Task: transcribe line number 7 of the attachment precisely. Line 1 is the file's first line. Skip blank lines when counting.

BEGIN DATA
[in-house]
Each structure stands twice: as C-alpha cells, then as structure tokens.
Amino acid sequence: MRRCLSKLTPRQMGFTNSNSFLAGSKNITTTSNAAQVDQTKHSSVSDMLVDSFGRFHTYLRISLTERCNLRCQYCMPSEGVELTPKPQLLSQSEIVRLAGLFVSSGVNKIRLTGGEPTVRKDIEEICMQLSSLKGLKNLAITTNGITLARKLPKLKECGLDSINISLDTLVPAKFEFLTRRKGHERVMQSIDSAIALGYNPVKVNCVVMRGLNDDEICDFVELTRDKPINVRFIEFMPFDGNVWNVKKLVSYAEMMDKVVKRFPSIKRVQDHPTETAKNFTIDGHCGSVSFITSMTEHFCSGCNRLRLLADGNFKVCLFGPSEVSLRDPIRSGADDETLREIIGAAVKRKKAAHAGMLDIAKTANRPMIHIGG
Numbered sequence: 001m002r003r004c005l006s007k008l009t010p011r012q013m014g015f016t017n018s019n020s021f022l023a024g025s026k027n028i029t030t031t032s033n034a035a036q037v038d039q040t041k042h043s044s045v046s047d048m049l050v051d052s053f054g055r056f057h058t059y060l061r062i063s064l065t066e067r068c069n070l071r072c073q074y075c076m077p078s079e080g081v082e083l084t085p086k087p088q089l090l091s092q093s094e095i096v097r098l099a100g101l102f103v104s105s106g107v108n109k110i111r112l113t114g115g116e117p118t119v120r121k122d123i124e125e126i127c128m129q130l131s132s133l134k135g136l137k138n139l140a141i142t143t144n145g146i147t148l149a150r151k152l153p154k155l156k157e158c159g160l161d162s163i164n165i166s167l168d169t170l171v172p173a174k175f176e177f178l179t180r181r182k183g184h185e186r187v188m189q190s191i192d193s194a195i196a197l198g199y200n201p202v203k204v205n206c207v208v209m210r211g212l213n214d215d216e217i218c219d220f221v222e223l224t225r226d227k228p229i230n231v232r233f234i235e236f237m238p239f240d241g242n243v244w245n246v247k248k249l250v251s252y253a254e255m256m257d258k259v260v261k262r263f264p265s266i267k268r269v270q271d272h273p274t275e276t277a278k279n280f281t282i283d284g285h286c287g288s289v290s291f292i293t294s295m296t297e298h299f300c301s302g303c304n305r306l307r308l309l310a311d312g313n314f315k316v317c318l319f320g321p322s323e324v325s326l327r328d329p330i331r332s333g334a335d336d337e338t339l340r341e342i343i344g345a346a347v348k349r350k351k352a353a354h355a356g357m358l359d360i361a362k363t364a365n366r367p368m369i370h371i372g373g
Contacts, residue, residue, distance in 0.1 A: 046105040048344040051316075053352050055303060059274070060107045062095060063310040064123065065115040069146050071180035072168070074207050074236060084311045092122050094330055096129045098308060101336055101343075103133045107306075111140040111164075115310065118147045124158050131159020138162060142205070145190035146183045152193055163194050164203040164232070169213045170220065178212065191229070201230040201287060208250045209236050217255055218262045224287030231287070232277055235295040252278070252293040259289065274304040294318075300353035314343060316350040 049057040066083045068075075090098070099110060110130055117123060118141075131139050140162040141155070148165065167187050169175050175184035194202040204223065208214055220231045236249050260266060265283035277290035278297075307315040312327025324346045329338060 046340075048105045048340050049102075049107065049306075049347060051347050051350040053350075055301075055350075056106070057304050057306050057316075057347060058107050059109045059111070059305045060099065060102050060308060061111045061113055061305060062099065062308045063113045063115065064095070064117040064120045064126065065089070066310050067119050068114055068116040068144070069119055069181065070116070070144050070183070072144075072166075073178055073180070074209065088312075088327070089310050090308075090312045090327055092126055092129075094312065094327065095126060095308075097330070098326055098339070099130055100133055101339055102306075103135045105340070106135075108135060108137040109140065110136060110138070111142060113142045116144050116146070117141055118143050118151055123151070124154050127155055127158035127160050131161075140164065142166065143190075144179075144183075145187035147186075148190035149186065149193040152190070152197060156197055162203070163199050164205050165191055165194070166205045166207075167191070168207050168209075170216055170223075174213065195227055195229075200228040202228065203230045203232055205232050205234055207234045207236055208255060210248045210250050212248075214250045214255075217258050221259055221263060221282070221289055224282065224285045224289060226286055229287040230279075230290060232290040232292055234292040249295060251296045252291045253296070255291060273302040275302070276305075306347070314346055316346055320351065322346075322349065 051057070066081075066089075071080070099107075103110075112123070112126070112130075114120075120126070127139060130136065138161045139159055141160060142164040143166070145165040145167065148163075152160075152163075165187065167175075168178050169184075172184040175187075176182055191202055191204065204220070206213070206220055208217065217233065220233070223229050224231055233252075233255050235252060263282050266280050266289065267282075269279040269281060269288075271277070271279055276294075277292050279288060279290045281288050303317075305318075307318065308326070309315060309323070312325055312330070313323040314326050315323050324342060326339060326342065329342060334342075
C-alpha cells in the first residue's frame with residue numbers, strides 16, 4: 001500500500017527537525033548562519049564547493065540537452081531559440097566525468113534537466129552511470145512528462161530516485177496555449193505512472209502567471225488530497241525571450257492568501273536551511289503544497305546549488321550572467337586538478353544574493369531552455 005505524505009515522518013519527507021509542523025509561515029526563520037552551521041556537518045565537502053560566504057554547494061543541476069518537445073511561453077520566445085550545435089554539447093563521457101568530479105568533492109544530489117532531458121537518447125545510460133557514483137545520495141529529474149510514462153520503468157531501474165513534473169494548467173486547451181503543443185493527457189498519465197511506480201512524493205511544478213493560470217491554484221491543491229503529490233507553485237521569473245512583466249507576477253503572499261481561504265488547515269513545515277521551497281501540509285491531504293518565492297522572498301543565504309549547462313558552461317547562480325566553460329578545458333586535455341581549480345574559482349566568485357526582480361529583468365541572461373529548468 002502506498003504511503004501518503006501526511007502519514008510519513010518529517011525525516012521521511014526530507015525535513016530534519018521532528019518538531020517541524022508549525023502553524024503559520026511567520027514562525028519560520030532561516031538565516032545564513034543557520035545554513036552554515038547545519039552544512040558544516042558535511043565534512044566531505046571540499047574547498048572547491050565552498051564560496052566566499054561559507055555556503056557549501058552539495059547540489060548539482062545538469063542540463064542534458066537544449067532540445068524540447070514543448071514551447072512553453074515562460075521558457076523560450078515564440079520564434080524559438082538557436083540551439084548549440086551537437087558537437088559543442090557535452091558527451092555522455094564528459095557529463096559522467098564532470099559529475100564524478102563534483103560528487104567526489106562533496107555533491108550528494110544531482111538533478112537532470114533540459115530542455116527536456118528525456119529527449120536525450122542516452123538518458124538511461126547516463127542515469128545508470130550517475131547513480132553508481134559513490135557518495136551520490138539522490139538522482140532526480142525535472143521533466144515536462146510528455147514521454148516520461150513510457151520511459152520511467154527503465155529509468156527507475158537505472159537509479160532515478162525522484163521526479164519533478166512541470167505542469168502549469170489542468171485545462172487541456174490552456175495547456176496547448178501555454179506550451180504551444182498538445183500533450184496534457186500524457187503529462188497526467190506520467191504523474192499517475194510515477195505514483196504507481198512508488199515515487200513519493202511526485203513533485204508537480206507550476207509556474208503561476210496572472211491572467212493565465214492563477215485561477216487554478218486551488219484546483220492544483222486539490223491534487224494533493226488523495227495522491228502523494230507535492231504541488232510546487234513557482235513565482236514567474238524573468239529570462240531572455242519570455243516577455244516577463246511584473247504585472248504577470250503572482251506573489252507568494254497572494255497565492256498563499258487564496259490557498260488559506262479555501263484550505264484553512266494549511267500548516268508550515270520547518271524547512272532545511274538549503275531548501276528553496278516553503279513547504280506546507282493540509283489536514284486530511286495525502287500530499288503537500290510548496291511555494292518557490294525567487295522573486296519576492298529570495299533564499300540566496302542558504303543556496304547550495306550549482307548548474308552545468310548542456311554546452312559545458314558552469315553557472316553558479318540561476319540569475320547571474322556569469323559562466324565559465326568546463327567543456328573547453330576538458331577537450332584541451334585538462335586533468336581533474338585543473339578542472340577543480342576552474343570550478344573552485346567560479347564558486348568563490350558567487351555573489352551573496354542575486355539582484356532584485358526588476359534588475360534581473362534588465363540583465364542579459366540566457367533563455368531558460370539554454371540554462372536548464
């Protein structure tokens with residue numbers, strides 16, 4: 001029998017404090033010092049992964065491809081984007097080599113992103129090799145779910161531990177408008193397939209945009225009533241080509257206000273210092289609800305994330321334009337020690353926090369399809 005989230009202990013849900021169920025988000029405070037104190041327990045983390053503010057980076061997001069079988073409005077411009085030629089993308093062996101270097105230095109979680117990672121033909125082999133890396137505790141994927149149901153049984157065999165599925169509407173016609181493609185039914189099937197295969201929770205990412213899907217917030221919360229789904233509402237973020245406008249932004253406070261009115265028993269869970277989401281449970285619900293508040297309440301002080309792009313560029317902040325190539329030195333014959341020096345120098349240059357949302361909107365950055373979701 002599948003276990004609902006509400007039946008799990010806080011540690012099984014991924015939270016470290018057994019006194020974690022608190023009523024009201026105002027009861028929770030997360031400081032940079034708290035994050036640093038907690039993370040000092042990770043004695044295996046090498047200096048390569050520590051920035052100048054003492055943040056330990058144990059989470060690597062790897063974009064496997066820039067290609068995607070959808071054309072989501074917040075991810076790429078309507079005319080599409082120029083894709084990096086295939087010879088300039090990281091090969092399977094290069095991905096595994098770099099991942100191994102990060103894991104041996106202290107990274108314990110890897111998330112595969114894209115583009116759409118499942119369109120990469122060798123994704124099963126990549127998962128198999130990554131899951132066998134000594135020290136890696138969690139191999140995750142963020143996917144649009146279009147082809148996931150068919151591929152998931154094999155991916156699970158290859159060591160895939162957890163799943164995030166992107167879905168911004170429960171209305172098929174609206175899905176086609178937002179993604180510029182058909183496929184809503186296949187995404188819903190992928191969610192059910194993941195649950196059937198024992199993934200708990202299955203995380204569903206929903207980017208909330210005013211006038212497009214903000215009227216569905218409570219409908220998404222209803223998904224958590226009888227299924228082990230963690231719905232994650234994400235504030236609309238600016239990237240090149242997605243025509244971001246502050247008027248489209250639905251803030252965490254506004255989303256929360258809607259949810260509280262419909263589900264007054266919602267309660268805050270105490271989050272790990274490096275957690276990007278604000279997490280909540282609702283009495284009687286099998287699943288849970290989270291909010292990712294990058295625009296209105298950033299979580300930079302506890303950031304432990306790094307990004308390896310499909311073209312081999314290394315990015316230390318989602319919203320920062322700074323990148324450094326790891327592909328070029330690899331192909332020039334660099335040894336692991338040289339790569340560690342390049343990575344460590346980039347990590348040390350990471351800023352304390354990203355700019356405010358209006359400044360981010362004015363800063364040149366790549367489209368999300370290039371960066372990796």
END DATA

């Protein structure tokens with residue numbers, strides 16, 4: 001029998017404090033010092049992964065491809081984007097080599113992103129090799145779910161531990177408008193397939209945009225009533241080509257206000273210092289609800305994330321334009337020690353926090369399809 005989230009202990013849900021169920025988000029405070037104190041327990045983390053503010057980076061997001069079988073409005077411009085030629089993308093062996101270097105230095109979680117990672121033909125082999133890396137505790141994927149149901153049984157065999165599925169509407173016609181493609185039914189099937197295969201929770205990412213899907217917030221919360229789904233509402237973020245406008249932004253406070261009115265028993269869970277989401281449970285619900293508040297309440301002080309792009313560029317902040325190539329030195333014959341020096345120098349240059357949302361909107365950055373979701 002599948003276990004609902006509400007039946008799990010806080011540690012099984014991924015939270016470290018057994019006194020974690022608190023009523024009201026105002027009861028929770030997360031400081032940079034708290035994050036640093038907690039993370040000092042990770043004695044295996046090498047200096048390569050520590051920035052100048054003492055943040056330990058144990059989470060690597062790897063974009064496997066820039067290609068995607070959808071054309072989501074917040075991810076790429078309507079005319080599409082120029083894709084990096086295939087010879088300039090990281091090969092399977094290069095991905096595994098770099099991942100191994102990060103894991104041996106202290107990274108314990110890897111998330112595969114894209115583009116759409118499942119369109120990469122060798123994704124099963126990549127998962128198999130990554131899951132066998134000594135020290136890696138969690139191999140995750142963020143996917144649009146279009147082809148996931150068919151591929152998931154094999155991916156699970158290859159060591160895939162957890163799943164995030166992107167879905168911004170429960171209305172098929174609206175899905176086609178937002179993604180510029182058909183496929184809503186296949187995404188819903190992928191969610192059910194993941195649950196059937198024992199993934200708990202299955203995380204569903206929903207980017208909330210005013211006038212497009214903000215009227216569905218409570219409908220998404222209803223998904224958590226009888227299924228082990230963690231719905232994650234994400235504030236609309238600016239990237240090149242997605243025509244971001246502050247008027248489209250639905251803030252965490254506004255989303256929360258809607259949810260509280262419909263589900264007054266919602267309660268805050270105490271989050272790990274490096275957690276990007278604000279997490280909540282609702283009495284009687286099998287699943288849970290989270291909010292990712294990058295625009296209105298950033299979580300930079302506890303950031304432990306790094307990004308390896310499909311073209312081999314290394315990015316230390318989602319919203320920062322700074323990148324450094326790891327592909328070029330690899331192909332020039334660099335040894336692991338040289339790569340560690342390049343990575344460590346980039347990590348040390350990471351800023352304390354990203355700019356405010358209006359400044360981010362004015363800063364040149366790549367489209368999300370290039371960066372990796």